Category: Agriculture

All-American Canal

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Image: United States Bureau of Reclamation photo from Library of Congress

1939 view of the Imperial Dam at the headwaters of the All-American Canal. The dam was completed in 1938 and the first water was delivered in 1940.

Excerpt from https://www.usbr.gov/projects/index.php?id=514:

The All-American Canal System, located in the southeastern corner of California, consists of the Imperial Diversion Dam and Desilting Works, the 80-mile All-American Canal, the 123-mile Coachella Canal, and appurtenant structures. The system has the capacity, through water diversions from the Colorado River at Imperial Dam, to irrigate about 530,000 acres of fertile land in the Imperial Valley and about 78,530 acres in the Coachella Valley.

X-raying of fruit

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Images: from brochure distributed at 1939 Golden Gate International Exposition.

“…in the past it has been impossible to detect certain kinds of imperfection by external appearance alone. Frost damage and granulations in oranges…leave no indications on the surface…”

“This X-ray inspection unit permits the operator to look right through the fruit instead of at its surface only.”

Excerpts from the brochure.

Original grape vine

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1939 image at the San Gabriel mission: Frasher Foto via http://ravenjake.typepad.com/blog/2009/07/the-old-mother-grapevine-of-san-gabriel.html .

“The “Old Mother Grapevine” was planted in 1861… and is one of the most beloved plants in California. She’s kind of a celebrity and has been since the turn of the century. At one point she covered 10,000 square feet…”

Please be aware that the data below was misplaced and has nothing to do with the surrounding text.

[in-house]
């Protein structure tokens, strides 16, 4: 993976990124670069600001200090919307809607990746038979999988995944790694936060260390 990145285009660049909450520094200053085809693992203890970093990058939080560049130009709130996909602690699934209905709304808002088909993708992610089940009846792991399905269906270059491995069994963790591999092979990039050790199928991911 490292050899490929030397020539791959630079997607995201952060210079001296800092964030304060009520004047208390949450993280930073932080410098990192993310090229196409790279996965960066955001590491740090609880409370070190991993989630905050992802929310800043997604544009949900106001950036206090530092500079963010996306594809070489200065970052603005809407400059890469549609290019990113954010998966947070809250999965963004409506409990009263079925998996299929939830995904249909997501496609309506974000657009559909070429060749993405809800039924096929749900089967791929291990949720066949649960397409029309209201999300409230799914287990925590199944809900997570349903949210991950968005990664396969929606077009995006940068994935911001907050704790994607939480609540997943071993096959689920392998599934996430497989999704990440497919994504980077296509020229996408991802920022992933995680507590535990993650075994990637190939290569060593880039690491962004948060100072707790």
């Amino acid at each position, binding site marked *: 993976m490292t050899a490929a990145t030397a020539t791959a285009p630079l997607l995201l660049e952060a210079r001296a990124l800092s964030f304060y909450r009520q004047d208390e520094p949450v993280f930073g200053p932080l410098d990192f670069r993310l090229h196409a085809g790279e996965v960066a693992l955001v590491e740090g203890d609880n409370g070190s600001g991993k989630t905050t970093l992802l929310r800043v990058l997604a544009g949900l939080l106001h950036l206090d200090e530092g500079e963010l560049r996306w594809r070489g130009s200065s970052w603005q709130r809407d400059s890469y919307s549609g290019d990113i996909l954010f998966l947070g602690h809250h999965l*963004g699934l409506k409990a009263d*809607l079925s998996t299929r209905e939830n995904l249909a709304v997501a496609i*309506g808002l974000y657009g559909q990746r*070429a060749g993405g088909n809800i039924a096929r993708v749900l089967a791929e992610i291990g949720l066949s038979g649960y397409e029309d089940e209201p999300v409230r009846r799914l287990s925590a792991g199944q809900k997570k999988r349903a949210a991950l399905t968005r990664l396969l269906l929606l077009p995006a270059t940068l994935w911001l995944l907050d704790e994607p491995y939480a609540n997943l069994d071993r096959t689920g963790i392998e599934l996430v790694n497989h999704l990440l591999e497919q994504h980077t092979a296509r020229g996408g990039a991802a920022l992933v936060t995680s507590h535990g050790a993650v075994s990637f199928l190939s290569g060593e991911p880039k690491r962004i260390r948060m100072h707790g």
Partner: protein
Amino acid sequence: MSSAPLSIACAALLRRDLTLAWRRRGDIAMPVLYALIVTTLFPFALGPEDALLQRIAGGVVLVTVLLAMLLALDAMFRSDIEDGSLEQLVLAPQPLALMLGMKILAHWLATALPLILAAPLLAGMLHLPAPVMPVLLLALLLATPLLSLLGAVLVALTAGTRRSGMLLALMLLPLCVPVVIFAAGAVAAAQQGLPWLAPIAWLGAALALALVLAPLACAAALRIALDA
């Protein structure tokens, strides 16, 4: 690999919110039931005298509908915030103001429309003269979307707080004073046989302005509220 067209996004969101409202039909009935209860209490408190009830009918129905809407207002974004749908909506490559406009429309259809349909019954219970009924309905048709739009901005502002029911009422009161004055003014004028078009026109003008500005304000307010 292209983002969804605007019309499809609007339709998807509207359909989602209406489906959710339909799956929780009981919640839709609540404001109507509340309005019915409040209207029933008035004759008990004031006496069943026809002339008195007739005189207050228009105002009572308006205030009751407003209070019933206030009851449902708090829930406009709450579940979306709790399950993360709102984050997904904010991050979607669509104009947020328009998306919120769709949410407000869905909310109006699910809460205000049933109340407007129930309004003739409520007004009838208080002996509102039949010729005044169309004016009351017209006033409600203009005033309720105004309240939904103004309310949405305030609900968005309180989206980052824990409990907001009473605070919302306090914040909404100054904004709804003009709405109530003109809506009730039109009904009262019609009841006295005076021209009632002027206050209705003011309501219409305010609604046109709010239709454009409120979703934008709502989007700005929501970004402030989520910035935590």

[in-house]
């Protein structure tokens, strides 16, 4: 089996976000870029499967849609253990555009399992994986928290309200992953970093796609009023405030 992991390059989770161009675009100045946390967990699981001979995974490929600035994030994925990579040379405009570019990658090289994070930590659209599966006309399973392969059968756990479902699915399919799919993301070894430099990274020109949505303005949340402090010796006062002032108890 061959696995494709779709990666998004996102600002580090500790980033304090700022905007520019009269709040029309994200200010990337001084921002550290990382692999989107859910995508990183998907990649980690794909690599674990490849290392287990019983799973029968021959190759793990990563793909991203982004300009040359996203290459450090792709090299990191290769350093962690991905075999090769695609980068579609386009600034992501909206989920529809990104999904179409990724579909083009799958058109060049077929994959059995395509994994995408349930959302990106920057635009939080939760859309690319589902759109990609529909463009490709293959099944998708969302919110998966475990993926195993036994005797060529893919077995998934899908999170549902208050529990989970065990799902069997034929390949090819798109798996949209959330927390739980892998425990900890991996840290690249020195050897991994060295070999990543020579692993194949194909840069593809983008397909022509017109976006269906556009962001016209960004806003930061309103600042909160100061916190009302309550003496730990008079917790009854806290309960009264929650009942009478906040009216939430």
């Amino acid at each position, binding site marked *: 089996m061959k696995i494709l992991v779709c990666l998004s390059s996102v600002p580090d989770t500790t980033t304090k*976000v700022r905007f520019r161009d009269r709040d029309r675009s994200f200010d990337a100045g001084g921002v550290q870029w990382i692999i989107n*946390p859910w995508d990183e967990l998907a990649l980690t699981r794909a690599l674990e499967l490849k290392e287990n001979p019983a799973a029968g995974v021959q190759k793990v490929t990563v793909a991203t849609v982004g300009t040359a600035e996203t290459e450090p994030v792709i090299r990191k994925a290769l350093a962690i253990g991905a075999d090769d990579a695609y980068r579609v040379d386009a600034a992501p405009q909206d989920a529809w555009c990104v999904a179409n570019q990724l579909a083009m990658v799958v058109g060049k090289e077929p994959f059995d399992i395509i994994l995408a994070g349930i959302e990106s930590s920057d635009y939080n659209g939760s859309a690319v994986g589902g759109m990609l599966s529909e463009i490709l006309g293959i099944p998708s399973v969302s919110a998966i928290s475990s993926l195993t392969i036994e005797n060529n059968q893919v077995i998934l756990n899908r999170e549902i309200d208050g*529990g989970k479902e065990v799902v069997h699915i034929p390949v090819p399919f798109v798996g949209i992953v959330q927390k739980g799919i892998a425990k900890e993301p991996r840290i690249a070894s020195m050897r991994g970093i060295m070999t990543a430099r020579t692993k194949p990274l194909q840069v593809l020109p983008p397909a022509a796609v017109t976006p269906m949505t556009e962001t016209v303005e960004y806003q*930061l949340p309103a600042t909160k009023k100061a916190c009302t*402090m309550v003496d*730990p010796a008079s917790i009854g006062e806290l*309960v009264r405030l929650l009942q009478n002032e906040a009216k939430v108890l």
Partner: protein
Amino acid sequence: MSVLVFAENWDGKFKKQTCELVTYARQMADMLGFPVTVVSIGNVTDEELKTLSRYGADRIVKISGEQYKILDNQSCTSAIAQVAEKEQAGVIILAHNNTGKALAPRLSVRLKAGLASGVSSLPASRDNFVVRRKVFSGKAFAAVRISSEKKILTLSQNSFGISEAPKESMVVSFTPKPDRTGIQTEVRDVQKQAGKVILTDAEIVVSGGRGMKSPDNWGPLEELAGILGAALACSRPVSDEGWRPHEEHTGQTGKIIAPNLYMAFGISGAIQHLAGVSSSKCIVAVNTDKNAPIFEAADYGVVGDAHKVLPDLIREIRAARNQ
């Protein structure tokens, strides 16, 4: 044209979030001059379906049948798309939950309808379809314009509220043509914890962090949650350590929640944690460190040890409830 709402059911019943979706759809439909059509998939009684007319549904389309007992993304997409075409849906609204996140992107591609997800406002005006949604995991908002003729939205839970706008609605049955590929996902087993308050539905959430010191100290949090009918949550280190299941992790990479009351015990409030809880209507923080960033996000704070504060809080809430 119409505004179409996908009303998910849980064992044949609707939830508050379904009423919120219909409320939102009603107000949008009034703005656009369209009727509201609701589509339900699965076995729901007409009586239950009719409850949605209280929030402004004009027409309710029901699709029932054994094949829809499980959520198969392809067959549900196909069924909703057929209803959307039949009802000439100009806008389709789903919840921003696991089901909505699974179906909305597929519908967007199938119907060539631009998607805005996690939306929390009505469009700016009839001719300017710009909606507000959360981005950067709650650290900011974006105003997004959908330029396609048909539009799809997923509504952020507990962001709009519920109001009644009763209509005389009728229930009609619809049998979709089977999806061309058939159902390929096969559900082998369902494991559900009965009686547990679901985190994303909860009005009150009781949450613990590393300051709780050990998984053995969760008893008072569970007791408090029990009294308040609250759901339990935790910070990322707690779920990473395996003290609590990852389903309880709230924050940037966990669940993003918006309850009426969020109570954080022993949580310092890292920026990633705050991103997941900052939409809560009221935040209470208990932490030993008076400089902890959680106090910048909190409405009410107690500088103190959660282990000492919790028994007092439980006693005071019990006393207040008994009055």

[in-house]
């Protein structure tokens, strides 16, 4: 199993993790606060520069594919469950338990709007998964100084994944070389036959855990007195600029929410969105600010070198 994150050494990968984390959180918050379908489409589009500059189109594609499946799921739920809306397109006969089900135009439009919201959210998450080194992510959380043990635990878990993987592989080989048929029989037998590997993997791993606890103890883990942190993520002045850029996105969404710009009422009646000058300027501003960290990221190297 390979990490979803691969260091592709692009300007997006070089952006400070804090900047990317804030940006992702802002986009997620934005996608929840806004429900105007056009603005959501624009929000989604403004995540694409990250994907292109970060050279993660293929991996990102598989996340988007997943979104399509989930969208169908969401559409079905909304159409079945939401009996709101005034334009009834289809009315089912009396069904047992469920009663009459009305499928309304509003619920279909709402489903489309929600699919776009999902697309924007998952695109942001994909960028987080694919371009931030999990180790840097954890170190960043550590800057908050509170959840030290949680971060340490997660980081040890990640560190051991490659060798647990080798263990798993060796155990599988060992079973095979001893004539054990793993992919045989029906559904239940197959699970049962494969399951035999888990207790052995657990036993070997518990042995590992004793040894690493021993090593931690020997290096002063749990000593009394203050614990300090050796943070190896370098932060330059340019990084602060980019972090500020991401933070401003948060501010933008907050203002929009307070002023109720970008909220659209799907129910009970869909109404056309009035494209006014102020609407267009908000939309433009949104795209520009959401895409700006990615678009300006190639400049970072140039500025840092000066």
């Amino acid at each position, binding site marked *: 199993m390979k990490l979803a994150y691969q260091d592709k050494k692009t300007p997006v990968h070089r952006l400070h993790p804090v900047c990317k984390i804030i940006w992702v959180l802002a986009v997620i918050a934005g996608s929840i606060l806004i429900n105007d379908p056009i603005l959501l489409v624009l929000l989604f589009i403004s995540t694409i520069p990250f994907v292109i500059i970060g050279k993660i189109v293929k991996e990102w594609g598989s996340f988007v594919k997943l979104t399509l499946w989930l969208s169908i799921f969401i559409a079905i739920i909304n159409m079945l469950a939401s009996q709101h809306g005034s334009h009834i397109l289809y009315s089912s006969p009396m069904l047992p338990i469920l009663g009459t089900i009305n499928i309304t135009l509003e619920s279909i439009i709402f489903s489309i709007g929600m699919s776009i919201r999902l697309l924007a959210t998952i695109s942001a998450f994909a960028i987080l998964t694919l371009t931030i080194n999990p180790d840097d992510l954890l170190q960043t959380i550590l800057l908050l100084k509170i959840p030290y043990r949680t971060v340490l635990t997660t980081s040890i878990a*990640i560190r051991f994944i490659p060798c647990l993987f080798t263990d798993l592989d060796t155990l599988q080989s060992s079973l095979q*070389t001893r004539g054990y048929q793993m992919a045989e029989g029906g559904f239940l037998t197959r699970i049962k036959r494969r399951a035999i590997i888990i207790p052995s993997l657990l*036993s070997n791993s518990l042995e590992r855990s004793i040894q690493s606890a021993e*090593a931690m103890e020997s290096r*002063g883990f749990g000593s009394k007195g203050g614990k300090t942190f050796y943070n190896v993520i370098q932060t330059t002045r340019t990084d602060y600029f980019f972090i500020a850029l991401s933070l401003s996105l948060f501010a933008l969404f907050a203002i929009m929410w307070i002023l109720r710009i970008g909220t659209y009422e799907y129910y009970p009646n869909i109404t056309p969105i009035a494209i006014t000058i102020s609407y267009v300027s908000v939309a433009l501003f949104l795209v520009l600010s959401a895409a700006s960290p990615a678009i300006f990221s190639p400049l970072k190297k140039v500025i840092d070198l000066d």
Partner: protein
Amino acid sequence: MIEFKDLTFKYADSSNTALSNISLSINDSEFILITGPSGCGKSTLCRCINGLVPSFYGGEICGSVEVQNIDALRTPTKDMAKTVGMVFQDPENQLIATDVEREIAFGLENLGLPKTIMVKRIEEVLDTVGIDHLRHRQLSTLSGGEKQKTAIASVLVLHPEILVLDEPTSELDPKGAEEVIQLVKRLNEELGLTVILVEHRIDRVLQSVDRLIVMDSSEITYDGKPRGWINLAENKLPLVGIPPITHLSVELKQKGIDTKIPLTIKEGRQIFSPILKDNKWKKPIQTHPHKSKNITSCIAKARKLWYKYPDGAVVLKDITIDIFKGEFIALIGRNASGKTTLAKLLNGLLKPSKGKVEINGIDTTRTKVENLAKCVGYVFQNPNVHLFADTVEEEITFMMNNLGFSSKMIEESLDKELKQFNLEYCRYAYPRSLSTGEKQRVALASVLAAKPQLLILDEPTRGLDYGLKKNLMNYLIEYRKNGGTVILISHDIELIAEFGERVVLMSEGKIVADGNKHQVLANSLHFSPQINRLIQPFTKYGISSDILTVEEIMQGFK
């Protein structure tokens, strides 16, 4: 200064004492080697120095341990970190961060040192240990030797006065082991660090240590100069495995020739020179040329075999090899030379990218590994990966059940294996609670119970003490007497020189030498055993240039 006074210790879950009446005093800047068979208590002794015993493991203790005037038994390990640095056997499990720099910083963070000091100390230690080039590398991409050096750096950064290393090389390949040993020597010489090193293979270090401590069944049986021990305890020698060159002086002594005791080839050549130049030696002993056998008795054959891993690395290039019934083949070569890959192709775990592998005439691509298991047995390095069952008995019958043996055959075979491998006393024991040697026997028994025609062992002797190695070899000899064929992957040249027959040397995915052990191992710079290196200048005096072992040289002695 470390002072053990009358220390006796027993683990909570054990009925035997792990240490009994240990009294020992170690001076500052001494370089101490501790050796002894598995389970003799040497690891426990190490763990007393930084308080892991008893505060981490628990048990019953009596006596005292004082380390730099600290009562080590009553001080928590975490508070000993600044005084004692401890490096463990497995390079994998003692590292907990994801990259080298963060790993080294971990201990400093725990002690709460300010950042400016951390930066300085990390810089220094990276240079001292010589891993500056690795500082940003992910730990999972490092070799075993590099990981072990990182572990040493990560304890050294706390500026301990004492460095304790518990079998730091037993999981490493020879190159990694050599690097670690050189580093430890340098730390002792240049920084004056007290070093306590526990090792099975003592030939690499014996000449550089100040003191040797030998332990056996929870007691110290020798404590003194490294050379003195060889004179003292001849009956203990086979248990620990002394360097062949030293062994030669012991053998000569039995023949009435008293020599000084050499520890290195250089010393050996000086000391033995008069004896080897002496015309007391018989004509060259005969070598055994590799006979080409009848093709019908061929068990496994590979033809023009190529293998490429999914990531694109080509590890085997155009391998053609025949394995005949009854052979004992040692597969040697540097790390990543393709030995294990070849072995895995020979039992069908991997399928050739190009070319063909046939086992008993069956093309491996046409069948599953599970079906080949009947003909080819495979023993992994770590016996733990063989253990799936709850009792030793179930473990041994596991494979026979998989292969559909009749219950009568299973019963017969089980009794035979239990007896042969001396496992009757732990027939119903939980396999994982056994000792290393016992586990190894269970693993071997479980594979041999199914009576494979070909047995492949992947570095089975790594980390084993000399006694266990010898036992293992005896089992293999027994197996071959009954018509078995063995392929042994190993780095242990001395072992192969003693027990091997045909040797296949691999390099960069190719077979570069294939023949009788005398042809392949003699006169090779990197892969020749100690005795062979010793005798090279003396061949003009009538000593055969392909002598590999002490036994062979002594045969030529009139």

Ravenjake (at link above) quotes Ken Payton, from Reign of Terroir, “…the historically important Mission grape is still being used in California for blends and even for 100% variety bottlings. About 1000 acres of Mission remain under cultivation here, roughly the same acreage as Petit Verdot! Though a far less distinguished grape than PV, nevermind Cabernet or Zinfandel, the other ‘founding’ California vine, the Mission grape possesses an unrivaled caché in the state.”

More from Ravenjake: “Here’s another wrinkle in the whole ‘how old is she?’ debate, and that is that Mission grapes were planted maybe as early as 1771 – that sign sayin’ 1775 is about right. Mother Grapevine is maybe 500 feet from the mission, and could have been from the original vineyard. ‘Could’ve been,’ not ‘was.’ Now apparently, the 1861 date was based on an affidavit that the vine was planted by someone named David Franklin Hall of the Michael White Ranch (aka the Mission yard) in that year. Well folks, I’m not entirely convinced! I’m gonna keep an open mind until some more information comes in. All this tells me is that the minimum planting date is 1861, and she might be older – almost 100 years older! If the real date is 1775, then the old girl is 234 years old.

“The San Gabriel Chamber of Commerce newsletter says that when she was at her productive peak (as opposed to the petite decorative mode she’s in now) she produced one ton of grapes per year – enough to make 400-600 barrels of wine. They also say that despite her advanced age, she’s low maintainence – just periodic prunings to keep her on the arbor.”

Read more about it at the link above.

Today’s date could be written 3/9 so it could be considered ’39 Day.